"The bravest man I ever saw"
Ministering to an injured man aboard the USS Franklin
Jesuit Naval Chaplain Joseph T. O'Callahan was the first priest to be awarded the Congressional Medal of Honor, which he received for heroism following a kamikaze attack on his ship during the Second World War. The citation read:
For conspicious gallantry and intrepidity at the risk of his life above and beyond the call of duty while serving as chaplain on board the U.S.S. Franklin when that vessel was fiercely attacked by enemy Japanese aircraft during offensive operations near Kobe, Japan, on 19 March 1945. A valiant and forceful leader, calmly braving the perilous barriers of flame and twisted metal to aid his men and his ship, Lt. Comdr. O'Callahan groped his way through smoke-filled corridors to the open flight deck and into the midst of violently exploding bombs, shells, rockets and other armament. With the ship rocked by incessant explosions, with debris and fragments raining down and fires raging in every-increasing fury, he ministered to the wounded and dying, comforting and encouraging men of all faiths; he organized and led firefighting crews into the blazing inferno on the flight deck; he directed the jettisoning of live ammunition and the flooding of the magazine; he manned a hose to cool hot, armed bombs rolling dangerously on the listing deck, continuing his efforts despite the searing, suffocating smoke which forced men to fall back gasping and imperiled others who replaced them. Serving with courage, fortitude, and deep spiritual strength, Lt. Comdr. O'Callahan inspired the gallant officers and men of the Franklin to fight heroically and with profound faith in the face of almost certain death to return their stricken ship to port.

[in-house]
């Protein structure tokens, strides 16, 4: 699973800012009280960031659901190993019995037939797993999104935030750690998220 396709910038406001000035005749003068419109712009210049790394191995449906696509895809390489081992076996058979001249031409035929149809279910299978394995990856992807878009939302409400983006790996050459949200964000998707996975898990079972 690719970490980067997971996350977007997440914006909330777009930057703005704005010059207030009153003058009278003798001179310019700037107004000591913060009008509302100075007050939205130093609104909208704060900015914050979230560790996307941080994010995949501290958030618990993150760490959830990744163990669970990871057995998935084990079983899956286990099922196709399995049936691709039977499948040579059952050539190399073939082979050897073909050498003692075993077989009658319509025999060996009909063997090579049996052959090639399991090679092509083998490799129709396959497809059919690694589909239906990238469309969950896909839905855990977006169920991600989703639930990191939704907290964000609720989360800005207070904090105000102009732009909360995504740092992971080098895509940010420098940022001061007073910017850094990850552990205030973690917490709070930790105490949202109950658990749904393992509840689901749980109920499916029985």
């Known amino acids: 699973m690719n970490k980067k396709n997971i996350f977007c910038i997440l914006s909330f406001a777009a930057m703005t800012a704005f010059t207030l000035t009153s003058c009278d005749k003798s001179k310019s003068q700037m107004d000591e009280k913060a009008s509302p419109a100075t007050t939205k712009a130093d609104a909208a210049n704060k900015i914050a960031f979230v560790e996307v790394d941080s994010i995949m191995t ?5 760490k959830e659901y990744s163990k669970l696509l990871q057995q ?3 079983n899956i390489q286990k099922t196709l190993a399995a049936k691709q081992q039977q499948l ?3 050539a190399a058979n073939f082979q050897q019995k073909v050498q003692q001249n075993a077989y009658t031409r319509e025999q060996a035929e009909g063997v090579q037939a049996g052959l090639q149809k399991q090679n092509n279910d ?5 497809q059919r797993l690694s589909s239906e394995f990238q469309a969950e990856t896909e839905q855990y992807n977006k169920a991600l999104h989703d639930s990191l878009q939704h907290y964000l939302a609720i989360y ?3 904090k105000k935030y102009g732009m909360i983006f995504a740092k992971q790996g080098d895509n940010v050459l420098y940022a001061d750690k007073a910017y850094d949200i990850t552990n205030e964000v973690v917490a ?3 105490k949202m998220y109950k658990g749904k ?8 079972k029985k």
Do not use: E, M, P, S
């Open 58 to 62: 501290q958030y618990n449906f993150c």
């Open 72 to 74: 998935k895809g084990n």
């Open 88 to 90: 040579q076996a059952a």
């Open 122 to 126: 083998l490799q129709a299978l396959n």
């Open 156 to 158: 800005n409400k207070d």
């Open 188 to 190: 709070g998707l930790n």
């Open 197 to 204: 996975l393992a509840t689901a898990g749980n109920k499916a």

More on Fr. O'Callahan may be read here and here.
Offering Mass at Rio de Janeiro
For Memorial Day, additional accounts of priestly selflessness and heroism in crisis, this time at Ground Zero: here and here and here.